For the last ten years, I have been steeped in sadness–and without hope–for my older son, who is a heroin addict. Last year, he overdosed four times on Fentanyl and went into cardiac arrest, barely being resuscitated in the emergency room after his heart ceased to beat. Still, even these close calls did not stop him from pursuing his habit. I could not understand how he continued to make this bid for death, even though I had been through something like this before, when my mother killed herself. Can an addiction so grave–one that took my son so close to death–be considered anything other than suicide? When I made a trip to our old home town last week, I called him, willing to talk and get together for the first time in a year, as he finally had achieved some unspecified amount of sobriety. I drew boundaries around our meeting, however: he had to be on time, he couldn’t try to change the hour or the day (which in the past he had done relentlessly), and–even if he had relapsed–he could not use any kind of drug, including alcohol, before we saw one another. If he showed up high, I would leave.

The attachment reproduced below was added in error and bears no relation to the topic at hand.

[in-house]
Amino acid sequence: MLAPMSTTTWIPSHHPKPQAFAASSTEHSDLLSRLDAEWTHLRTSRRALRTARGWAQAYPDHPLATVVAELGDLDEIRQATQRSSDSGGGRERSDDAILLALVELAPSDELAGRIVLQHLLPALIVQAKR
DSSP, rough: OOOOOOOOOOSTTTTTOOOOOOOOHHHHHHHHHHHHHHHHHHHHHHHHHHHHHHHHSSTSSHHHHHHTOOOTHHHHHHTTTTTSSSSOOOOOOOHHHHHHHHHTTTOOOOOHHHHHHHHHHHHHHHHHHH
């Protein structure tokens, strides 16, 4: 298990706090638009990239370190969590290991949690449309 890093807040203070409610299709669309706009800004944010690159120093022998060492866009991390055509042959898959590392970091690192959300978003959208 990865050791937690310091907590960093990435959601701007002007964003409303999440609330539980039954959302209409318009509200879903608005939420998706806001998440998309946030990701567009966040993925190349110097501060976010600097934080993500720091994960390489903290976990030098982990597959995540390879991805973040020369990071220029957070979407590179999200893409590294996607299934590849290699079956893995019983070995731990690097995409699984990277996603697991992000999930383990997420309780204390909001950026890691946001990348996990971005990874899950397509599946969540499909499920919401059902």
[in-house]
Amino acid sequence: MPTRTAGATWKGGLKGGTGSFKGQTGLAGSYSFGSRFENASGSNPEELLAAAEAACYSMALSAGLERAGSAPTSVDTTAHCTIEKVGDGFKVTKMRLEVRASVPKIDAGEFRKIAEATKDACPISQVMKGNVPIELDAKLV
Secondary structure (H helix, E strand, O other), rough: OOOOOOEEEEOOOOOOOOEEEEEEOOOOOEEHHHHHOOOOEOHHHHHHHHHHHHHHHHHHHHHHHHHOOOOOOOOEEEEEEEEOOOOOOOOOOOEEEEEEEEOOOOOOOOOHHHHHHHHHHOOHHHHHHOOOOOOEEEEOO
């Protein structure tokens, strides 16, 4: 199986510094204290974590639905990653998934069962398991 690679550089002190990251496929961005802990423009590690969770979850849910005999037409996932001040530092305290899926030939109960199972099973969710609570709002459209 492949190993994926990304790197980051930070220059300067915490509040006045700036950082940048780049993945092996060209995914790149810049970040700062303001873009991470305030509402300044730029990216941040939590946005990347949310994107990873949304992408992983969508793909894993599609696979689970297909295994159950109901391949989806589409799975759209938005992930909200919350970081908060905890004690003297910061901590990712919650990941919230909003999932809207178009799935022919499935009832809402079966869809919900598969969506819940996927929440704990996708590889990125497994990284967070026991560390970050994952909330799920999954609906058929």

The sight that greeted me that afternoon was nothing short of a miracle. My son was waiting for me early and at the appointed restaurant–both coherent and lucid. He was cleanly dressed, slender, and clear-eyed. He had not used. He had twenty-eight days sober in A.A. and two days later, should he remain that way, he would get his one-month participation “chip,” (which is something like a plastic poker chip with the number of days inscribed on it). He had to look up the exact date of his thirty-day anniversary on his computer calendar, as he is not attempting to rack up just hours and days, but is working his program one day at a time, as all successful practitioners of Alcoholics Anonymous must. We spent two hours together, exchanging news of our lives. For the first time in many, many years, he asked about me: what I was doing, feeling, experiencing in our new life in Maryland. He cared about my answers. I was overcome with happiness that he was interested in my life for the first time in so many years, rather than being wrapped up in his alone. After an hour, he asked if I would hear his “amends.” In A.A., participants take twelve “steps” toward healing: the fourth step is to make “a searching and fearless moral inventory of ourselves,” and the fifth step is “to admit to God, to ourselves and to another human being the exact nature of our wrongs. Now working the ninth step of his program, he was “making amends” to all those he had harmed, except when to do so would injure them or others. The list on his laptop was very long and took at least an hour to go through. Speaking quietly and with great insight, he apologized for anything and everything he had ever done that had caused me pain during our two adult decades together, often touching on old wounds that I had long buried. I sat with a Kleenex bunched in my hand, swiping at my wet face, listening in amazement at his courage and his candor. My soul is eased for however long this precious moment lasts; my son is taking each day as it comes, and so must I. He may relapse, or he may go on to be one of old timers in the A.A. program. I cannot predict and neither can he. What we have between us now is hope. Hope that he will make the program work for him and that he will work the program. Hope that he will continue to survive the scourge that afflicted him. Hope that heroin is gone from his life and will remain only a memory. However it may turn out, I have heard his amends and recognize that he knows what his failings were, accepting that he must do serious work to repair our relationship. His willingness to do so lifts my heart. What a gift he has given me–as I am able, at last, to welcome my boy home again.